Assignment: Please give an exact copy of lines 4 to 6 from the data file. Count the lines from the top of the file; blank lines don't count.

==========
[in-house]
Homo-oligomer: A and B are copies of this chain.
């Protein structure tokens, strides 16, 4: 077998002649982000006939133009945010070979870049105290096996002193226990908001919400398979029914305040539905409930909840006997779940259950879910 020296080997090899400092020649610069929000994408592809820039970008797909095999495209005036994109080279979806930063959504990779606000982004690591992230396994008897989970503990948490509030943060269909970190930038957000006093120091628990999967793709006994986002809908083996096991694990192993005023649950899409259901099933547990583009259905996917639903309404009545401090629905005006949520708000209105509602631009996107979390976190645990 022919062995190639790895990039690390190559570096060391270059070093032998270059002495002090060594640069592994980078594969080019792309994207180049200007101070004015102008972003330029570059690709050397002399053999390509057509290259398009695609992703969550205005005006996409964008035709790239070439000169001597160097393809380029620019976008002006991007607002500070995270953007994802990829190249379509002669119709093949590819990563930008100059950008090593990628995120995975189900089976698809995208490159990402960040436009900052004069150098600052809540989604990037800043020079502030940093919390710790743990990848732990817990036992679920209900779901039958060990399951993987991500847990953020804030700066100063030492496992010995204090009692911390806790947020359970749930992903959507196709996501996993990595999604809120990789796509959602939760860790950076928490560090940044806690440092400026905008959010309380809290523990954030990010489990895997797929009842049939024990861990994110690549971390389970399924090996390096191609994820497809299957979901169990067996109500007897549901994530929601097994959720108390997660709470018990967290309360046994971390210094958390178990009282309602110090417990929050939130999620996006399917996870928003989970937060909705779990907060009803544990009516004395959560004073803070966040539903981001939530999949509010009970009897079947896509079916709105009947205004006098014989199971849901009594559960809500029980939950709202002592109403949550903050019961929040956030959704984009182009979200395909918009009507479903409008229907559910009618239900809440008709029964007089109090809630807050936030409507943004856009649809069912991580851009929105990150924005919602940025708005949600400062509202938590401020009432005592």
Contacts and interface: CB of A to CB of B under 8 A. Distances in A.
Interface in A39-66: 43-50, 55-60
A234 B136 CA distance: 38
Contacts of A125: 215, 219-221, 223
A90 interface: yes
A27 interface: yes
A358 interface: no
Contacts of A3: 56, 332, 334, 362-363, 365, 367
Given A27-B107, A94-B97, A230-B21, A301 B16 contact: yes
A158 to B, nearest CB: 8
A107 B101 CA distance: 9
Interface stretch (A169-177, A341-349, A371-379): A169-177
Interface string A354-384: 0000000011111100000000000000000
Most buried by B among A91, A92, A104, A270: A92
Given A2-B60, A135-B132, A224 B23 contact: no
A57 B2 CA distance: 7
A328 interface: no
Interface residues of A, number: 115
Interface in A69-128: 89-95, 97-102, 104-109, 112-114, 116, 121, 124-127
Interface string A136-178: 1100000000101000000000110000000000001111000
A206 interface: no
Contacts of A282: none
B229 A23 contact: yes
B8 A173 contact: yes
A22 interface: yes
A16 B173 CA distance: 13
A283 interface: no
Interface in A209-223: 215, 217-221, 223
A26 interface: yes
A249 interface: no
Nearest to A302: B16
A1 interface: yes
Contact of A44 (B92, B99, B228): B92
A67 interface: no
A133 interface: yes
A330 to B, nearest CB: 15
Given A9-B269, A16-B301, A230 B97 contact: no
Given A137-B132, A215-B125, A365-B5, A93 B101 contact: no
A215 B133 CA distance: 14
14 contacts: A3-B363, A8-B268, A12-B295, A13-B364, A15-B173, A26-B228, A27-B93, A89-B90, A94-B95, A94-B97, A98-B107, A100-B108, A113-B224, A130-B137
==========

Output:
Contacts and interface: CB of A to CB of B under 8 A. Distances in A.
Interface in A39-66: 43-50, 55-60
A234 B136 CA distance: 38